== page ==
Althans, dat is de verwachting van Jupiter Research. Voor de meeste Europese landen verwacht Jupiter een toename van meer dan 300% in 2007. Deze gunstige groeicijfers worden min of meer bevestigd door een recent onderzoek door comScore Media Metrix.
Online travel is an important component of consumer e-commerce. Data from the US indicates that travel constitutes the largest online revenue category, accounting for approximately one-third of total e-commerce.
Consumers are drawn to shopping for airline tickets online because of volatile prices that respond quickly to demand and the complexity of configuration.
Jupiter Research expects Europe’s three largest economies—the UK, Germany and France—to experience tremendous growth in online travel through 2007. The UK is expected to lead the charge, with sales of EUR 7.3 million—up from its 2002 market-leading number of EUR 2.2 million. Germany and France are expected to narrow the gap somewhat. Both countries will grow from 2002 sales of under EUR 1.3 million and EUR 1.1 million to EUR 6.1 million and EUR 5.5 million. Online travel sales in Germany will grow at 370% in the five-year time frame while in France sales will exactly quadruple. Sweden and Switzerland will continue to remain under the EUR 1 million mark, according to the market researcher.
Travel: Largest Category Of Consumer Spending Online
Travel is by far the largest category of consumer spending on the Internet. That’s according to the latest report from comScore Media Metrix, which says that spending on travel grew 31% in Q1 2003 versus year-ago, significantly outpacing non-travel spending, which increased by 17% in the same period. While airline tickets have traditionally accounted for approximately two-thirds of all online travel sales, a significant reduction in ticket commissions has led many major online travel suppliers to place an increased emphasis on hotel and package sales.
As the largest category of consumer spending on the Web, online travel is clearly an Internet success story, comScore found. Consumers spent $9.1 billion on travel in the first quarter of 2003, representing growth of 31% versus Q1 2002. This growth rate significantly outpaced non-travel spending, which increased 17% versus Q1 2002 to $11.8 billion.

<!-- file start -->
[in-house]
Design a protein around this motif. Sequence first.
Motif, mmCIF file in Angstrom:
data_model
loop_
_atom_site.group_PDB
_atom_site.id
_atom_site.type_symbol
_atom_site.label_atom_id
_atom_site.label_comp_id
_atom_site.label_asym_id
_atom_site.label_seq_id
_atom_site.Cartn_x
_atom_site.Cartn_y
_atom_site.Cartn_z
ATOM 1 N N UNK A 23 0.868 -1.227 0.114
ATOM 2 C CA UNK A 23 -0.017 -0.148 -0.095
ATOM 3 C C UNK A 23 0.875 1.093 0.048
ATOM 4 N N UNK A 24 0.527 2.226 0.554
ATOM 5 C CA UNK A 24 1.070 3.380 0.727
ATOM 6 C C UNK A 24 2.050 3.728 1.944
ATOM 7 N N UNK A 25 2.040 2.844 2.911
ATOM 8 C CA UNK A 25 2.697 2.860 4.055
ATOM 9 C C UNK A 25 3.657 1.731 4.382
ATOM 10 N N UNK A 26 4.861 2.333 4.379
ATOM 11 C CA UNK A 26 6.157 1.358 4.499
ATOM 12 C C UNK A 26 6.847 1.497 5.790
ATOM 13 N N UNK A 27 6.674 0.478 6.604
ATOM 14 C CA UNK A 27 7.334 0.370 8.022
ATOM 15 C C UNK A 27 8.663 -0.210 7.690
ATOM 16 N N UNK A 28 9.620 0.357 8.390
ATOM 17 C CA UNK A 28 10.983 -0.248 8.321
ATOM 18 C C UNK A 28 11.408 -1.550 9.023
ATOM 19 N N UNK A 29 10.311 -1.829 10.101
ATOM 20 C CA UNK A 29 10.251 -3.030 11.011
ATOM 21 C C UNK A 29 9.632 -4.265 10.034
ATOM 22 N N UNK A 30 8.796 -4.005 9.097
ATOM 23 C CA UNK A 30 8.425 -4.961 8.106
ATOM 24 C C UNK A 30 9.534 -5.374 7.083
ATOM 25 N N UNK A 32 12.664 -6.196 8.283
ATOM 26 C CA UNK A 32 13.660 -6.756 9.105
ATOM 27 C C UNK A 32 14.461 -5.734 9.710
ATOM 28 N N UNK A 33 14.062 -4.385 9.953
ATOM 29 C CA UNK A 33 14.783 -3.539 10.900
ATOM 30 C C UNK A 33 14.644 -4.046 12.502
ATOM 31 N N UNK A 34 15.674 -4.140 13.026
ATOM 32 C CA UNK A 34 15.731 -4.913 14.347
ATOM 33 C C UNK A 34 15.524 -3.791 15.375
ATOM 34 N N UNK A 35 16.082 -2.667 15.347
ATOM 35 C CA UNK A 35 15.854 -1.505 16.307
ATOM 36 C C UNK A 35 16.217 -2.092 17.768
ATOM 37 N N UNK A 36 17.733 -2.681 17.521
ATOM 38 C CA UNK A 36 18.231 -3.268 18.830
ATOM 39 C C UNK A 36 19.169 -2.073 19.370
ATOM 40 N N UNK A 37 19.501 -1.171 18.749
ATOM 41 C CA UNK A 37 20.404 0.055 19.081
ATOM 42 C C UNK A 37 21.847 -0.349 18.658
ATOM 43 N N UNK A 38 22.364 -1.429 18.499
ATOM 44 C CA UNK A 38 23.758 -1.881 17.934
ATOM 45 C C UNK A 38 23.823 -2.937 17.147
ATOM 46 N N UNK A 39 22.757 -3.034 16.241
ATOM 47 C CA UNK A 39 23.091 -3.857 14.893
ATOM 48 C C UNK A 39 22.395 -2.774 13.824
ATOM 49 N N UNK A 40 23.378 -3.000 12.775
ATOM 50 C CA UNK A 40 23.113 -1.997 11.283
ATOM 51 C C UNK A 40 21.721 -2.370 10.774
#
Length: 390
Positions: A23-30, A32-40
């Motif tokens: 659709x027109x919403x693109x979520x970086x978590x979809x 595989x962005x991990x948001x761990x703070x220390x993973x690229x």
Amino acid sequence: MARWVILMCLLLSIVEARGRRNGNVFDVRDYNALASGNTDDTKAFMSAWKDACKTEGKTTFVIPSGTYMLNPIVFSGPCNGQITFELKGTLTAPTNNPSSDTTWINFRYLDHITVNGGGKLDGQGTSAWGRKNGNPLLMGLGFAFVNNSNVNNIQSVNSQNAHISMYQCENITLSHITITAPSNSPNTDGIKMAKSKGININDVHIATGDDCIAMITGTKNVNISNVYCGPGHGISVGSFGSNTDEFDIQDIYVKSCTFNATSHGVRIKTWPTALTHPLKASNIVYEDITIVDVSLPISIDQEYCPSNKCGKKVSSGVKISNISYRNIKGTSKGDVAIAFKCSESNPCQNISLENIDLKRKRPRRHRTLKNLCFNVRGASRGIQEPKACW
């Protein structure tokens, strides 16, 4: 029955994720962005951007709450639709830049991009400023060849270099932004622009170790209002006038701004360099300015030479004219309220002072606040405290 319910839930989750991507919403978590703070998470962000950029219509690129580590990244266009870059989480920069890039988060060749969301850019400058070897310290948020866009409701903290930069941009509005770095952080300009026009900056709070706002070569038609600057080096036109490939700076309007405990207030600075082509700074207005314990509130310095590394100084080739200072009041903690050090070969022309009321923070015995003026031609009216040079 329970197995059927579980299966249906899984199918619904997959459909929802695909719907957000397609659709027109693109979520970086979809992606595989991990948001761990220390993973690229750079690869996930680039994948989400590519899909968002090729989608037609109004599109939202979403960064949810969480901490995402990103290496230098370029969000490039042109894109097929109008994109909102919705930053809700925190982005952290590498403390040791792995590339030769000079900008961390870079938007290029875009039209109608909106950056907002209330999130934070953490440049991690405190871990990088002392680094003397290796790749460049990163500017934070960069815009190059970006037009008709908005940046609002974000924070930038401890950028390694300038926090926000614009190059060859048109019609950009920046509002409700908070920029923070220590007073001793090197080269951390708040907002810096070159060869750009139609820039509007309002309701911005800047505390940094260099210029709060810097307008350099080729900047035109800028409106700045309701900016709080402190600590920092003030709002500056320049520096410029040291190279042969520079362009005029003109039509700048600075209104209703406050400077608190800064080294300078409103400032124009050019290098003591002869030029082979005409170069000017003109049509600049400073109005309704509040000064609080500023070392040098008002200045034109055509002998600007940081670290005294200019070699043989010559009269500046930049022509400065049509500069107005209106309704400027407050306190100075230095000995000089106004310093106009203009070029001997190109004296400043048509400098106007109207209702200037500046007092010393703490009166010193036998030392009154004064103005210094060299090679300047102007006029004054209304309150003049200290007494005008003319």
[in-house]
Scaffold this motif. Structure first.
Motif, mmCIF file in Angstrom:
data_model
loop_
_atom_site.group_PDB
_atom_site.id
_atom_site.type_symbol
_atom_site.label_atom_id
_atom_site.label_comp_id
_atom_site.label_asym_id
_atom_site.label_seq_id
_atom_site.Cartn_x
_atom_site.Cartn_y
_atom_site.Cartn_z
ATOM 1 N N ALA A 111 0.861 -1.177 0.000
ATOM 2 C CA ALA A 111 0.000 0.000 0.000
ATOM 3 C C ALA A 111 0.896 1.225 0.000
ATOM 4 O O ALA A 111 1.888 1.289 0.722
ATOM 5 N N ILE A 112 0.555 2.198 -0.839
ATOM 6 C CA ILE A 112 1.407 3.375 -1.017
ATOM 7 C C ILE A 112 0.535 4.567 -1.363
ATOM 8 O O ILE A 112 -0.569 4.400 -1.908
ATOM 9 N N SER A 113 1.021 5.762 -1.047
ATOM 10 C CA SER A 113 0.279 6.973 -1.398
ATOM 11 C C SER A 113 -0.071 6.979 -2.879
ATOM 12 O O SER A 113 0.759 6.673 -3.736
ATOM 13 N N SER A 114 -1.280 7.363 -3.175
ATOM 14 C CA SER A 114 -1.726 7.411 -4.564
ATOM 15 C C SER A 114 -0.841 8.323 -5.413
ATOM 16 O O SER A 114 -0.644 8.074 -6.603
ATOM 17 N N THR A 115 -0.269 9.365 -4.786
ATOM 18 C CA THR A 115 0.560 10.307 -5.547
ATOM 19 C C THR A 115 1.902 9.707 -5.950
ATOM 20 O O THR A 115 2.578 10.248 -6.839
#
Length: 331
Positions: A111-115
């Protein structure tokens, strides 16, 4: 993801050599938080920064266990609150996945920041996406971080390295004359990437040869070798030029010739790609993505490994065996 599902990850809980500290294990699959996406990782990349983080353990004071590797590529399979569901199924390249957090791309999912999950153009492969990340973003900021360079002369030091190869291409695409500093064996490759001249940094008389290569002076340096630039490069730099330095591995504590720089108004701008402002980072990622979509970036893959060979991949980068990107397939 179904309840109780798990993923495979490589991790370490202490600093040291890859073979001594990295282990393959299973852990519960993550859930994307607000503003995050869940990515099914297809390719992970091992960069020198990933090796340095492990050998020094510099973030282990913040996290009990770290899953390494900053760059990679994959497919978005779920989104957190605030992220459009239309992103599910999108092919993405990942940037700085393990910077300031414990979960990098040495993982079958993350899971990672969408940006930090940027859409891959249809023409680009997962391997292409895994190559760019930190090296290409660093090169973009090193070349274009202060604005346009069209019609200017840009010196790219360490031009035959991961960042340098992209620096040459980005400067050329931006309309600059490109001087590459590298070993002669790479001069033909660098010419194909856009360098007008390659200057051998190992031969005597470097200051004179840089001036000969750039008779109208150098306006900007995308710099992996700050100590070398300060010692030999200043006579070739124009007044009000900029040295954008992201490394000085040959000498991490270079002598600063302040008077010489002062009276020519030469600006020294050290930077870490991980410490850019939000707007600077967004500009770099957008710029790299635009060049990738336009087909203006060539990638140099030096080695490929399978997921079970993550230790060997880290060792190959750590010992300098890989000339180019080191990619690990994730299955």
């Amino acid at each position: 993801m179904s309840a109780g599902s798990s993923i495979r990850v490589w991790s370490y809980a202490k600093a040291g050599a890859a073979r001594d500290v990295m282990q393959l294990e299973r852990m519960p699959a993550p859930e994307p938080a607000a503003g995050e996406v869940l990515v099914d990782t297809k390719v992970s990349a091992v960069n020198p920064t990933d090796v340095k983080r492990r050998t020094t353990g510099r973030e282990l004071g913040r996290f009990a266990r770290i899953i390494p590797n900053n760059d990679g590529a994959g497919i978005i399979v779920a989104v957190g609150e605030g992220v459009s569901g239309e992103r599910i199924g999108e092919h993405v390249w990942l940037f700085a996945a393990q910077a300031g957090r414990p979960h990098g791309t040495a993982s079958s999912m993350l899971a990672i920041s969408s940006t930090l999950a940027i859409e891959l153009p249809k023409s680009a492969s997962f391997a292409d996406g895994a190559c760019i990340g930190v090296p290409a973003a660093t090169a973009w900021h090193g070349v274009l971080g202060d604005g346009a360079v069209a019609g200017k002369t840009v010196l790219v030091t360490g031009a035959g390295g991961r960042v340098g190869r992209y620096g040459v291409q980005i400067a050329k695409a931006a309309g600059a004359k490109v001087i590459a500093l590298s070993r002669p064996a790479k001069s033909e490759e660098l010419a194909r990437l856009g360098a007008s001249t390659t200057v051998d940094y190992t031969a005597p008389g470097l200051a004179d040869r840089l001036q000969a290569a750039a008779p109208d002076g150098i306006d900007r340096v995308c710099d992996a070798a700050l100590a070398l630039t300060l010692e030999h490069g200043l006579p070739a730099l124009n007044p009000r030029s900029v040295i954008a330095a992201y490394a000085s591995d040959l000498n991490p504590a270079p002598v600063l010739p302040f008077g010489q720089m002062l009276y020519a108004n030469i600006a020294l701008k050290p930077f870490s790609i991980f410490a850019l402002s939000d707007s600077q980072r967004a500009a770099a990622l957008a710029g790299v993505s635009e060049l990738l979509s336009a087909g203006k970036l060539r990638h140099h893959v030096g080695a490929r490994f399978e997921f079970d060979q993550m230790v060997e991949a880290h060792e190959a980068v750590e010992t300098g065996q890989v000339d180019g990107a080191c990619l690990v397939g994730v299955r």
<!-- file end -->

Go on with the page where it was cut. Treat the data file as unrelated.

While airline tickets have traditionally accounted for approximately two-thirds of all online travel sales, a significant reduction in ticket commissions has led many major online travel suppliers to place an increased emphasis on hotel and package sales. Utilizing a number of business models, online travel consolidators such as Expedia, Hotels.com and Orbitz have been extremely successful in selling hotel reservations and packages online.
But their success hasn’t gone unnoticed by the major hotel operators. Anxious to sell directly to consumers, hotel operators have for some time aggressively promoted their individually branded sites. And last week brought the official launch of TravelWeb.com, a new consolidator site that is the result of a partnership between industry leaders including Hilton, Hyatt, Intercontinental, Marriott, Priceline and Starwood.
Looking to recover revenue lost due to reduced airline commissions, many online travel agencies have focused on hotels and package sales, which often carry much higher profit margins. By combining a number of travel components (such as airfare and a hotel room), online agencies can deliver an attractive package price to consumers without revealing the price of any specific component of the trip - thus protecting each suppliers’ pricing integrity. So it’s little surprise that while packages and all other travel is the smallest online travel sub-category, it grew by an impressive 97% versus year-ago.
Expedia and Hotels.com, both subsidiaries of InterActiveCorp (previously known as USA Interactive), are among the most successful travel agencies at selling hotels on the Internet. Expedia - the largest online travel agency - has been the leader in selling travel packages online. And while all major online agencies provide access to hotel inventory, Hotels.com is the only truly “hotel-centric” site to rank among the top ten in the Travel category.
With the summer travel season heating up, the Hotels/Resorts category grew by 15% from April to May. Nearly 5.4 million people visited Hotels.com in May, more than twice as many visitors as the second ranked site in the Hotels/Resorts category, Marriott. Currently, the partnership of hotel operators that own Travelweb collectively reaches more than 7.2 million (unduplicated) unique visitors, highlighting the significant opportunity for Travelweb inherent in the substantial equity of these brands.
Travel is a price-sensitive and time-sensitive product for all parties: an unsold airline seat cannot be sold once a plane has departed, and for most consumers, travel must be taken during specific time windows. Unlike other product categories - such as apparel - travel does not have to be touched or tried on before purchase.
Lodging is arguably less of a commodity than air travel, given the importance of the specific location, appearance and amenities of each property. Here again the Web adds value to the shopping experience, with the availability of detailed location information, images, and even virtual, 360-degree property tours.
The Web puts fast, powerful comparison-shopping and buying tools in the hands of increasingly sophisticated consumers, allowing them to buy the right product at the right price and time. At the same time, providers and agencies efficiently move otherwise unsold inventory. In few other industries is there such an ideal match of product and sales medium.